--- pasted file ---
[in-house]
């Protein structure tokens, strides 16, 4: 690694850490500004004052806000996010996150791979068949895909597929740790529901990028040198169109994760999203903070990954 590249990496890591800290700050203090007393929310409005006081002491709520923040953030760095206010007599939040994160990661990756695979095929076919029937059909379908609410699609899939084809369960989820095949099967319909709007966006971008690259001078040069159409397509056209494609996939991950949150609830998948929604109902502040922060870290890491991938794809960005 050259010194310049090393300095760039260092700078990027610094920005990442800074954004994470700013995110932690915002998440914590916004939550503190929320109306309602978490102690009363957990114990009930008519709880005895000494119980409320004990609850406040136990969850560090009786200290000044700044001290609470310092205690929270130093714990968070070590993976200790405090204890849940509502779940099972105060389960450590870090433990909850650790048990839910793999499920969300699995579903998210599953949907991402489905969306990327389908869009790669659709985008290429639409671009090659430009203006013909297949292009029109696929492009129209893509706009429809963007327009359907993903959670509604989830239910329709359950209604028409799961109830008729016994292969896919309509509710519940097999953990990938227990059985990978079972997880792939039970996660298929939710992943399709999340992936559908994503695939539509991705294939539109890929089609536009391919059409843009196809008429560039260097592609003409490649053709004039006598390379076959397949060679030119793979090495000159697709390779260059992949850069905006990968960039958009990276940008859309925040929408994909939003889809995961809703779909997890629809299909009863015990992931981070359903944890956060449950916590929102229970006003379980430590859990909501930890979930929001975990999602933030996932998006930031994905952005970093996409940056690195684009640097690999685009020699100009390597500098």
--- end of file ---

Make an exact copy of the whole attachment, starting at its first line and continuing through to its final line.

[in-house]
């Protein structure tokens, strides 16, 4: 690694850490500004004052806000996010996150791979068949895909597929740790529901990028040198169109994760999203903070990954 590249990496890591800290700050203090007393929310409005006081002491709520923040953030760095206010007599939040994160990661990756695979095929076919029937059909379908609410699609899939084809369960989820095949099967319909709007966006971008690259001078040069159409397509056209494609996939991950949150609830998948929604109902502040922060870290890491991938794809960005 050259010194310049090393300095760039260092700078990027610094920005990442800074954004994470700013995110932690915002998440914590916004939550503190929320109306309602978490102690009363957990114990009930008519709880005895000494119980409320004990609850406040136990969850560090009786200290000044700044001290609470310092205690929270130093714990968070070590993976200790405090204890849940509502779940099972105060389960450590870090433990909850650790048990839910793999499920969300699995579903998210599953949907991402489905969306990327389908869009790669659709985008290429639409671009090659430009203006013909297949292009029109696929492009129209893509706009429809963007327009359907993903959670509604989830239910329709359950209604028409799961109830008729016994292969896919309509509710519940097999953990990938227990059985990978079972997880792939039970996660298929939710992943399709999340992936559908994503695939539509991705294939539109890929089609536009391919059409843009196809008429560039260097592609003409490649053709004039006598390379076959397949060679030119793979090495000159697709390779260059992949850069905006990968960039958009990276940008859309925040929408994909939003889809995961809703779909997890629809299909009863015990992931981070359903944890956060449950916590929102229970006003379980430590859990909501930890979930929001975990999602933030996932998006930031994905952005970093996409940056690195684009640097690999685009020699100009390597500098």